(1) What is Paul’s issue with Peter?
Peter’s hypocrisy (hypokrisei) according to Hays was not that he disregarded “basic Jewish dietary laws by eating meat with blood in it, or pork and shellfish”, because he reasons, “it seems unlikely that such flagrant violations of Jewish norms would have been practiced in Antioch, particularly if the Gentile converts were drawn primarily from the ranks of the ‘godfearers’, who presumably would have already assimilated to Jewish dietary practices”. Instead, Hays suggests that the issue was Peter’s disassociation from the Gentiles at the table. The likelihood of this interpretation is strengthened by Gal 2:12 which speaks not of food per se, but “eating with” the Gentiles. Hays goes on to observe that eating with Gentiles is not forbidden by the Torah, but scrupulous Torah-observant Judeans thought of this as equivalent to eating Gentile food, since their presumption was that all Gentiles were idolaters.
(2) What role does James play in the circumstances?
Hays believes James is the force in the story. This is borne out in various remarks: Hays says that the “men from James” pressured Peter to “stop eating with Gentile believers”; that “James [was] worried that too much fraternization with Gentiles would have bad results”; and that “the response of this fraction at Jerusalem [judean Jewish Christians] was to urge Peter, with the blessing of James, to avoid contact with Gentiles”.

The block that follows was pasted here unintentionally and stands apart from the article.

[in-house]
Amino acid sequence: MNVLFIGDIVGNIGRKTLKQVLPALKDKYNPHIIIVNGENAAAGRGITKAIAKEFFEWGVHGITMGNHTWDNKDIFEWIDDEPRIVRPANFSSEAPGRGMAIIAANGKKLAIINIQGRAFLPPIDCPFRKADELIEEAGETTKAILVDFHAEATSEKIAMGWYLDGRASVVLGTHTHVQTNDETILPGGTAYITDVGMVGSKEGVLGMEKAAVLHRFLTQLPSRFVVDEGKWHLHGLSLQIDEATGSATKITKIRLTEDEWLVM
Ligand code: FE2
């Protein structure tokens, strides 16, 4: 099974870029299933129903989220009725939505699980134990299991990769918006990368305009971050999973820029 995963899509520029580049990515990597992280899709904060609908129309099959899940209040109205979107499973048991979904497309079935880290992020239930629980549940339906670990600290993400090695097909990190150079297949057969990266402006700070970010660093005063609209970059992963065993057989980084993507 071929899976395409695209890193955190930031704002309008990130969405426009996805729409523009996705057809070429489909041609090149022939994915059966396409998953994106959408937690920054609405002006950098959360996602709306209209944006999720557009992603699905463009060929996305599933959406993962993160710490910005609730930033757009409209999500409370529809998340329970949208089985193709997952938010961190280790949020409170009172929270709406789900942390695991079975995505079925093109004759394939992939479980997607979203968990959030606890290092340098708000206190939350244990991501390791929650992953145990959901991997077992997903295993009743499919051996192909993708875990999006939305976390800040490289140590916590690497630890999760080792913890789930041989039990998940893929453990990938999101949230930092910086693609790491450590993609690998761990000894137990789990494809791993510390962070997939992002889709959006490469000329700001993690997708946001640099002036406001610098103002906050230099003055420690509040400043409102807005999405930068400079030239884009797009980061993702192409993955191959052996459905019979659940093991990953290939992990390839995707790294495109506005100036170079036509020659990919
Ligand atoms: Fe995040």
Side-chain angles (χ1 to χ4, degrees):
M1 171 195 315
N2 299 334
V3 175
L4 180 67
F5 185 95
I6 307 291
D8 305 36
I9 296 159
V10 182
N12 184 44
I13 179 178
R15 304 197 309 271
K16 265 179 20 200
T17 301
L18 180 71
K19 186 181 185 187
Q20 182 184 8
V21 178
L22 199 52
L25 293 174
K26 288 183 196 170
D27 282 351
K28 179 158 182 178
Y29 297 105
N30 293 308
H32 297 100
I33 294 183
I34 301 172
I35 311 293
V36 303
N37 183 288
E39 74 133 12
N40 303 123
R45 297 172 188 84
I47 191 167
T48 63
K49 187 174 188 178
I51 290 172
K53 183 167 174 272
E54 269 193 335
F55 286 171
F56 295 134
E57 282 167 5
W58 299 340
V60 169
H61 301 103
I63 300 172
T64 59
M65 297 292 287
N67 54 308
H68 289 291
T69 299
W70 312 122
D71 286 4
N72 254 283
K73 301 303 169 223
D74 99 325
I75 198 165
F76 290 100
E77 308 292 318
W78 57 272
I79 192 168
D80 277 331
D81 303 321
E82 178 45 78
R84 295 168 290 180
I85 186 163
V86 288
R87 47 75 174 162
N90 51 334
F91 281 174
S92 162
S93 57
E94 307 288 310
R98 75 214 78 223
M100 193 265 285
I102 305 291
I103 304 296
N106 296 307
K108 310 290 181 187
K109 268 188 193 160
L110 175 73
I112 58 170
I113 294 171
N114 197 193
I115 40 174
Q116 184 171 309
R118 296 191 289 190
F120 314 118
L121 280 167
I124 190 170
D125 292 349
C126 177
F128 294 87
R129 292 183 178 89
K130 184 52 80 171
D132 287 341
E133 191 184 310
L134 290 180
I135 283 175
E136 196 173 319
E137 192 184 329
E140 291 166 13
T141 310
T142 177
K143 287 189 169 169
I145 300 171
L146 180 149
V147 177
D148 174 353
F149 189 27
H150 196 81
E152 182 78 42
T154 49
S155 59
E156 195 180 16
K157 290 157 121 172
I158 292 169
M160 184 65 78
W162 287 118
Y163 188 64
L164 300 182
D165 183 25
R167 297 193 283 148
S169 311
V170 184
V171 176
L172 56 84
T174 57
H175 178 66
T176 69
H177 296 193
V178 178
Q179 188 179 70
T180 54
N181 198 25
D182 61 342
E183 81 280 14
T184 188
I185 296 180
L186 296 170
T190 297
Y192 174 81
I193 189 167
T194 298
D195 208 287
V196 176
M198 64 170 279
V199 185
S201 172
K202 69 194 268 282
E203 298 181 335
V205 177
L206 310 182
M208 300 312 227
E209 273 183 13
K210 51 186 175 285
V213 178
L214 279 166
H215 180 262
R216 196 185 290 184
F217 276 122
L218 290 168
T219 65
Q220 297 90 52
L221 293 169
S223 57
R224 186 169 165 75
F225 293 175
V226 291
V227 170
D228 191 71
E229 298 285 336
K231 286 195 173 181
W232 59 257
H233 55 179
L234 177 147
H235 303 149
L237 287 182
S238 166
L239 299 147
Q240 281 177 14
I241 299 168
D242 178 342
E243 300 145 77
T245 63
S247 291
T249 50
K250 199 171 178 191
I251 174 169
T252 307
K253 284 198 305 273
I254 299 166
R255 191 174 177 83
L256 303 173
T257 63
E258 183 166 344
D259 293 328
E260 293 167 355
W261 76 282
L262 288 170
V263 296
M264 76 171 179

(3) Who are “those of the circumcision”?
Hays while acknowledging the ambiguity of the phrase “those from the circumcision” he appeals to other contexts, namely Rom 4:12, to support the view that this designation denotes Jewish Christians. With no substantial support, Hays hesitantly concludes “it appears that Paul is accusing Peter of fearing other Jewish Christians in Antioch”.
While I find Hays answer to the first question convincing and correct, his answer to the second is lacking textual support. The text says neither that the “men from James” actively pressured Peter “to draw back” from associating with Gentiles, nor that James sent them for this purpose. The text simply states that before the “men from James” arrived Peter associated with Gentiles at the table, but after they arrived he stopped. Thus, the reason for his action could be as much his own fault as that of the guests from Jerusalem. Furthermore, the passage suggests the former (Peter’s own issue) since Paul’s confrontation is solely directed at Peter and those who joined him. One would expect that if Paul’s issue was with those from James his invective would be aimed at not only Peter, but also James and the Jerusalem church who, according to the standard view, were the real cause of the incident. As for his answer to the third question, it seems more reasonable to take ones cue from the immediate context where Paul uses the term to refer to the group that comprises Peter’s missionary scope in 2:7. In this case, clearly the group in view is non-believing Israelites and not Jewish believers in Jesus.
I will address my colleague Scot McKnight’s view in the next post.
Witherington, Ben. 2004. The New Testament Story. Grand Rapids: Eerdmans.